Her name was Margaret, but I called her “Maggie the Cat,” a sobriquet picked up from Tennessee Williams’ Cat on A Hot Tin Roof.
I used that nickname with good humor but respect because she was in her early eighties, a retired schoolteacher, English and American Lit, who marked and graded my letters to her with a red pencil, returning them with comments in the margin. In the early days of my providing investment help to her she sometimes even corrected my grammar during phone conversations, causing me to develop a diminished confidence in my linguistic abilities and a Pavlovian stammer when I was informed that she was on the line.
We had engaging conversations, halting though my side often was out of concern for being corrected. Shakespeare didn’t write all his plays, Lord Byron was a fop, Steinbeck was a Communist, Burns was under-appreciated, and Vonnegut was a flash in the pan, she told me. She always had the upper hand, her years of studying and teaching literature easily trumping what little I learned during the required reading stages of my education.
When it came to investments I had the upper hand-or did I? Although my discussions with her on the subject (or perhaps they were debates) were always fortified with facts in favor of my position, Maggie the Cat frequently used her veto power skillfully to avoid taking my suggestions.
Additionally (and this was the most exciting part), I had developed a plan to get her to agree to diversify out of the AT&T stock that comprised almost 80% of her portfolio, a position she had held on to because the stock had been left to her when her husband died. He had spent his entire working life there and, because he enjoyed his job and the company, had accumulated the stock, sometimes only a few shares at a time, whenever he could find the cash.
One discussion stands out. Maggie the Cat had other business at the bank where I was the Trust Investment Officer, and called to let me know that she would be stopping in to visit with me afterward, no doubt in hopes of perhaps furthering my schooling in the English language.
In this instance I was looking forward to the meeting. By coincidence I had been reading Robert Frost, one of her favorite poets, so I was somewhat informed on the subject and actually felt I could hold my own unless she chose one of his lesser known works. Additionally (and this was the most exciting part), I had developed a plan to get her to agree to diversify out of the AT&T stock that comprised almost 80% of her portfolio, a position she had held on to because the stock had been left to her when her husband died. He had spent his entire working life there and, because he enjoyed his job and the company, had accumulated the stock, sometimes only a few shares at a time, whenever he could find the cash.
In spite of my best efforts, MTC had held onto it, refusing to diversify the investment, telling me she would never sell it out of respect for him. We chatted for a few minutes about the new teller and how difficult it was for her to walk down the stairs into the safe deposit area and then, as was often the case, she caught me-a misplaced modifier! I said that it was easier to avoid written mistakes, since they could be edited, but spoken grammatical errors couldn’t be taken back. “Proper structure is important, young man,” she said “It enhances communications and avoids confusion.” Before she could say more I set the trap with, “You’re right. It reminds me of the structure we saw in the old days of diagramming sentences. A skill, along with orthography, which should be part of language classes today, but sadly, is not.”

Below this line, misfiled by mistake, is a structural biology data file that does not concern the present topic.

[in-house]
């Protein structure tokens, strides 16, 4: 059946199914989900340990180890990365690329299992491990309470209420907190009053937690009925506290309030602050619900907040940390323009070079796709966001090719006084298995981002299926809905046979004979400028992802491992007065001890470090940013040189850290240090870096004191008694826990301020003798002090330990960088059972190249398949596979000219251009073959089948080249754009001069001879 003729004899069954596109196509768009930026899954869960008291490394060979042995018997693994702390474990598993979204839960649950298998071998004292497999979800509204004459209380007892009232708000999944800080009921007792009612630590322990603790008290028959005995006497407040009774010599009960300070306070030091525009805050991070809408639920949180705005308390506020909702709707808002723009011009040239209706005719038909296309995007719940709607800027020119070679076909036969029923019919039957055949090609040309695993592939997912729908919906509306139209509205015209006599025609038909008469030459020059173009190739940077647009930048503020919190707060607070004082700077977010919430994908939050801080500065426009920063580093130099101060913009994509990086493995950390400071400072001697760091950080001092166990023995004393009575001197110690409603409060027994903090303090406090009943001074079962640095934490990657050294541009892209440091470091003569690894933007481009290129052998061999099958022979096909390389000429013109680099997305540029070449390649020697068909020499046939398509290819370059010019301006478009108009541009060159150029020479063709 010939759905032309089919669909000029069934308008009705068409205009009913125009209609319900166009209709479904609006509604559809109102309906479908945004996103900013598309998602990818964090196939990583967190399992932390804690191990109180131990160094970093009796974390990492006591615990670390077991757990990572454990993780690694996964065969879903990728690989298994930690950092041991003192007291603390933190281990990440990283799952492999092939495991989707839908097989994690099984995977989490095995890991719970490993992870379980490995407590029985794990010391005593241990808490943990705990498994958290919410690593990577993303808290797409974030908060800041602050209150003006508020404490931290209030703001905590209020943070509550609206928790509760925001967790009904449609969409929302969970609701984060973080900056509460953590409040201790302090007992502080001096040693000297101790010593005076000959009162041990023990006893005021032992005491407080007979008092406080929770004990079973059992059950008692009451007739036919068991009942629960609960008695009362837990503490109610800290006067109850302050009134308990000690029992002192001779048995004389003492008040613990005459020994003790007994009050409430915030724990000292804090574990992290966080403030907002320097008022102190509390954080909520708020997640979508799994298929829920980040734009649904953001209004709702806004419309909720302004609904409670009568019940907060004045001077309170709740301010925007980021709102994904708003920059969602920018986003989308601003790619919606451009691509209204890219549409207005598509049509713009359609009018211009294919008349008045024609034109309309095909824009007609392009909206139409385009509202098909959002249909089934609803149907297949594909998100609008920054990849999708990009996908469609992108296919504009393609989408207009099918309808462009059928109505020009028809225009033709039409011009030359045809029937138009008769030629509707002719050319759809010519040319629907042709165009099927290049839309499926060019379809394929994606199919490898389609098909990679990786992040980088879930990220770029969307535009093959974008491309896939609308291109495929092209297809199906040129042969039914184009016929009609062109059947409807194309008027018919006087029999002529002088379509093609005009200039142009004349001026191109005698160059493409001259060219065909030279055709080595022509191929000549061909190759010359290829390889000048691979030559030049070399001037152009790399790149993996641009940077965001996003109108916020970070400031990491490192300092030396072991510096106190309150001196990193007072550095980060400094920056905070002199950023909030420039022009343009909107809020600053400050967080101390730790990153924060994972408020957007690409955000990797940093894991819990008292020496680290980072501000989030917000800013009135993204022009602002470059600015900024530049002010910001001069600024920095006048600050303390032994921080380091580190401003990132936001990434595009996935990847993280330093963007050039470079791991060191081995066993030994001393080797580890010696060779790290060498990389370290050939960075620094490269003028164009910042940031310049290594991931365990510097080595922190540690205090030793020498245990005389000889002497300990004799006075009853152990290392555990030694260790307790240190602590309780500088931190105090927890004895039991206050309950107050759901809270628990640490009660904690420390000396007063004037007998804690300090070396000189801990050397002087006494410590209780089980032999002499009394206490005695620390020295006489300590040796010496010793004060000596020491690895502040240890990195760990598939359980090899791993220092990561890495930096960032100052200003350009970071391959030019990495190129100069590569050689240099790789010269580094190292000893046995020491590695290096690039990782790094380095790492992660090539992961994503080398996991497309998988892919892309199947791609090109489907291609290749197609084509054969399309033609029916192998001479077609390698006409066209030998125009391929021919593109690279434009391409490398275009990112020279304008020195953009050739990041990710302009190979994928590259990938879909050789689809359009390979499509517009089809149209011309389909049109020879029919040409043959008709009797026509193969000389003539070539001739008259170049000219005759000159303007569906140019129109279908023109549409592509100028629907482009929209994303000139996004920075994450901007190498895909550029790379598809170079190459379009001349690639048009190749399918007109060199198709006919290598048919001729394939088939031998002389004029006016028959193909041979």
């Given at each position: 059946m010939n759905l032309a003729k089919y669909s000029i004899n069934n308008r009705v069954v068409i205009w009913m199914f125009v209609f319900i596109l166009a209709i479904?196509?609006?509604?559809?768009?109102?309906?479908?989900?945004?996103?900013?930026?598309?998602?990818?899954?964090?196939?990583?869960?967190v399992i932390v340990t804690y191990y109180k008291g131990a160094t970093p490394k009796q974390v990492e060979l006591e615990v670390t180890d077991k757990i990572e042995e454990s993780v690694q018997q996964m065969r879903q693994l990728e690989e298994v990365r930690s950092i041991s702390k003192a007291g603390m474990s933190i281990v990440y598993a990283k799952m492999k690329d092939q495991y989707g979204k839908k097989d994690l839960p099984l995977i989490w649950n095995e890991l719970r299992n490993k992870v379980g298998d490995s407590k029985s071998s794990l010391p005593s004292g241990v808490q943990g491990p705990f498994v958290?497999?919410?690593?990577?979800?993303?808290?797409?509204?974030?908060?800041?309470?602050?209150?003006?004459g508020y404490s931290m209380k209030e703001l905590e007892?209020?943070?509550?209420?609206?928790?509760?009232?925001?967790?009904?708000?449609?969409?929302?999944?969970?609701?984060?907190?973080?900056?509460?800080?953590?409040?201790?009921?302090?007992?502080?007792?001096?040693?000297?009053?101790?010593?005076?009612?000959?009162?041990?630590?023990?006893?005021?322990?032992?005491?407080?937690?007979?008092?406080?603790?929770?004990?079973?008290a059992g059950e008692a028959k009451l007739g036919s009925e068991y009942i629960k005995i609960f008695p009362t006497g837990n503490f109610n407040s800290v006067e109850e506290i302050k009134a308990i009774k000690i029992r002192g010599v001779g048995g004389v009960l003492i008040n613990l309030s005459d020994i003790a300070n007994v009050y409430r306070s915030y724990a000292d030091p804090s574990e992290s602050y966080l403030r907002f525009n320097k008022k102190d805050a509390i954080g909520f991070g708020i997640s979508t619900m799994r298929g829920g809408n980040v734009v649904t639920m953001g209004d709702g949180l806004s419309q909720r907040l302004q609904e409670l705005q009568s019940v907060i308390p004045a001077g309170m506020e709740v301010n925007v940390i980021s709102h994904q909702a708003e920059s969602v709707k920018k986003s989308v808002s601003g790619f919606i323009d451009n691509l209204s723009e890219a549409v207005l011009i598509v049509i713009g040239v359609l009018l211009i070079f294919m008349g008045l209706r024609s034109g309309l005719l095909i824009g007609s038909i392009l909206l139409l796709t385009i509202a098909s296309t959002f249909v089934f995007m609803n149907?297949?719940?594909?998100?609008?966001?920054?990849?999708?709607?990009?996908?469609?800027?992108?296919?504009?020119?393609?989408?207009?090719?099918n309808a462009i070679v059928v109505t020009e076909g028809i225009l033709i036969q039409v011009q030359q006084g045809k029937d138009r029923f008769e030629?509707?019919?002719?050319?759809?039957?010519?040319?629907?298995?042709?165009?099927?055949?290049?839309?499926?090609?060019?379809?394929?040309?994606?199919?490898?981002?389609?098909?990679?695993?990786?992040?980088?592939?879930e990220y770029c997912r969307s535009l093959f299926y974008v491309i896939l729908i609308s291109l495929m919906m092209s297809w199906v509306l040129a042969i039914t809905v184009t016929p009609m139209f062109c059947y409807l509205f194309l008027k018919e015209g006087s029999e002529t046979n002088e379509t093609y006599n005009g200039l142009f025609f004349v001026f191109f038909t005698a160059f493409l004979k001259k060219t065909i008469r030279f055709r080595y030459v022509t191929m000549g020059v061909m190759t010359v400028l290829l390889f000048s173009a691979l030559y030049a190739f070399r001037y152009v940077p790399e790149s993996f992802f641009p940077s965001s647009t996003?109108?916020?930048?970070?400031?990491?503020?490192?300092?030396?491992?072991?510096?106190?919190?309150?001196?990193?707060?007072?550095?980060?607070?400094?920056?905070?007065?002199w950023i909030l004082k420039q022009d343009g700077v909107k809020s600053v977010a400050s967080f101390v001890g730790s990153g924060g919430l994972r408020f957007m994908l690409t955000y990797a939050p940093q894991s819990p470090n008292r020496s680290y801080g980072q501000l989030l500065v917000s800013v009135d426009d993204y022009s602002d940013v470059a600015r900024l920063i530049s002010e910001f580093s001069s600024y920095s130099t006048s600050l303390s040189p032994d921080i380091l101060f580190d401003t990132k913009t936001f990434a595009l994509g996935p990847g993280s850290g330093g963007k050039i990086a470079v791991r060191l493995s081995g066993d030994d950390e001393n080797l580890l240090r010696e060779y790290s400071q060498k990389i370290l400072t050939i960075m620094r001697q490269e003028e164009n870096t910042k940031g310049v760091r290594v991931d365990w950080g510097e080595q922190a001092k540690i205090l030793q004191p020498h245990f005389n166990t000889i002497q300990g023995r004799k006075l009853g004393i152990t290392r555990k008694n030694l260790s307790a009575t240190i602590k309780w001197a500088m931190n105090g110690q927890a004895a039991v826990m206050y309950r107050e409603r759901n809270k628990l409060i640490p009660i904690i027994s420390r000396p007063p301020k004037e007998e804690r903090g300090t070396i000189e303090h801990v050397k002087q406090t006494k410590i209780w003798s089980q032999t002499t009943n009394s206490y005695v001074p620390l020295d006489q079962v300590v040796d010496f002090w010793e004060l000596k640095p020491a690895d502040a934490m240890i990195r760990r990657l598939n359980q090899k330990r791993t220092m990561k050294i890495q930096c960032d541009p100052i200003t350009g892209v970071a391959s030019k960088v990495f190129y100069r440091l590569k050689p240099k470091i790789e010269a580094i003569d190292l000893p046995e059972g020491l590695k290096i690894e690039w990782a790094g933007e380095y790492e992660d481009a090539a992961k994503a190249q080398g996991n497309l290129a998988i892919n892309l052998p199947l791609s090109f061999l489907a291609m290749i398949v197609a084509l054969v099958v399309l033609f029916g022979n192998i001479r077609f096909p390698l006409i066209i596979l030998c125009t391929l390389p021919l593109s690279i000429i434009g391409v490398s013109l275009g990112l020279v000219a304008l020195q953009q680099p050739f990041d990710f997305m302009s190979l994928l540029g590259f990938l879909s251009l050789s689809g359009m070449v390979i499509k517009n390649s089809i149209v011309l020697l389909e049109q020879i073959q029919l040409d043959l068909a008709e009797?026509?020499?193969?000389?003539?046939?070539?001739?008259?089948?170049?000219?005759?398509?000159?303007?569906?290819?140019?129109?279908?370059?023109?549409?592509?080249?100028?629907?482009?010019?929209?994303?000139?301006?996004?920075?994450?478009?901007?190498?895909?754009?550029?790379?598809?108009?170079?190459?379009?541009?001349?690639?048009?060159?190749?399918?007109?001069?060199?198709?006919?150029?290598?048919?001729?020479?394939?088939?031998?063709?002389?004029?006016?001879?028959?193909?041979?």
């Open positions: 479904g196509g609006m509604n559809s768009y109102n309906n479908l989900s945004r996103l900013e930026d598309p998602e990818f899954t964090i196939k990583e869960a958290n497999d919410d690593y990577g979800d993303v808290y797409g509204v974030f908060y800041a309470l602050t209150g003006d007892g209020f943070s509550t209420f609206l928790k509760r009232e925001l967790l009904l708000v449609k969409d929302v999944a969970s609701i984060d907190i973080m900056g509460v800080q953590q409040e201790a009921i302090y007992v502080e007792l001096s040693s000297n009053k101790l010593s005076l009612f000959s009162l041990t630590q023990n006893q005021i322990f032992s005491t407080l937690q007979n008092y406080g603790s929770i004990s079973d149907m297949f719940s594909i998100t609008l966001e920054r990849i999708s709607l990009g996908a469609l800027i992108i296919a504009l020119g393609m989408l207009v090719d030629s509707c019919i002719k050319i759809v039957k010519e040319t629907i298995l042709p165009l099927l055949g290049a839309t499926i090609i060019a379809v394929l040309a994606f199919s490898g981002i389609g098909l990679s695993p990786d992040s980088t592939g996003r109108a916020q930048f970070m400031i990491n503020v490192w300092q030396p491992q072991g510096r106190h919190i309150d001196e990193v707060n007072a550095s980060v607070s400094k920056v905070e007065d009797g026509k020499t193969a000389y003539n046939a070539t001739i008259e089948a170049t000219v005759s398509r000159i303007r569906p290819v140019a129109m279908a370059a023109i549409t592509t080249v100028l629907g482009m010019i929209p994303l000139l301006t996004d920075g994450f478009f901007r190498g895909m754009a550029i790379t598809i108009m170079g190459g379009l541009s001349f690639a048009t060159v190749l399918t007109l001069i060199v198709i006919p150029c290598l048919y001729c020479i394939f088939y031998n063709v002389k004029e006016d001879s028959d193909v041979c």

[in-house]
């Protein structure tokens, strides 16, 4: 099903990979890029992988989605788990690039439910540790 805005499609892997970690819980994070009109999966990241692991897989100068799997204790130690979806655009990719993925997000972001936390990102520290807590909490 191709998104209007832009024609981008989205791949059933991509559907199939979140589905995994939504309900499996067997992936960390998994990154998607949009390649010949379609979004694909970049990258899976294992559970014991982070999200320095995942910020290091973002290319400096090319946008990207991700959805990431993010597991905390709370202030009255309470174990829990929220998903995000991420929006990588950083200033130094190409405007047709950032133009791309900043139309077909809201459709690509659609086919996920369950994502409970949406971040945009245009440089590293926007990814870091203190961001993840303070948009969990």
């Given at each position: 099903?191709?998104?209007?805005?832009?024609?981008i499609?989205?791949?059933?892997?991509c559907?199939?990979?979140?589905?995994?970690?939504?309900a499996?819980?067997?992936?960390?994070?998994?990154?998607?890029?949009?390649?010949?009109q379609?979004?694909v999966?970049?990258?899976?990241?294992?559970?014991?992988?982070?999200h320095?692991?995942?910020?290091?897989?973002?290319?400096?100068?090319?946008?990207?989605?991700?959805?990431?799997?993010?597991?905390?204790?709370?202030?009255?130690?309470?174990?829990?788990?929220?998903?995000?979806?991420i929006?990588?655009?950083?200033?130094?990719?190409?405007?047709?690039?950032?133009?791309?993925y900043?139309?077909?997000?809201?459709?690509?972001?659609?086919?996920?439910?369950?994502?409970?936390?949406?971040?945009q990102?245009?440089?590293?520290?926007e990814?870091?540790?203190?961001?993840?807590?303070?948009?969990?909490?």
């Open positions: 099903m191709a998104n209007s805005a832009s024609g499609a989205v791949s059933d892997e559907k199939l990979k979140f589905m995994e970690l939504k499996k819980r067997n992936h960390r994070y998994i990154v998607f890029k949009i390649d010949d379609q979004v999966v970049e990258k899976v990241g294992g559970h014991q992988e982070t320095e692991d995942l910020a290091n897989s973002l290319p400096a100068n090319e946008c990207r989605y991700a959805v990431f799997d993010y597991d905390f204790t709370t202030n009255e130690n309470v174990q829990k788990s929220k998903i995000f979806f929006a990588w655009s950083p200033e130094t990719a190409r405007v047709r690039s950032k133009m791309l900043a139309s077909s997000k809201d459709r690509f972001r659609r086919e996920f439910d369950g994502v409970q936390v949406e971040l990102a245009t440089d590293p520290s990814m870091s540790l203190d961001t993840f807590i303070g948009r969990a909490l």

I wanted to talk about orthography, but decided against it, knowing that it was more important to stay on track, so I asked her what she thought most important about the diagramming of sentences. “The understanding of the natural flow and the logic of the language.” The trap was set! I didn’t want to spring it too early and lose the impact, so I slowed myself down, asking her, “Is logic as important in language as in other areas, such as math or the social sciences?” She furrowed her brow slightly and peered at me over the rims of her glasses. “Of course it is, but where are you going with this?” She suspected something. I had not been subtle enough. No use trying to soften the approach. Might as well go for the close.
“If logic is important in language and math and social sciences, then what if we apply…” She leaned forward in the chair, this time her eyes widened as she looked at me through the glasses she had poked back up on the bridge of her nose. “No, Mr. Davis. No, no, no. Your obvious attempts at a Socratic method of persuasion will not lead me to agree to sell any of the AT&T stock. A clever attempt, but I am certain you can do better.” “Ah, rats!” I thought, “now what?”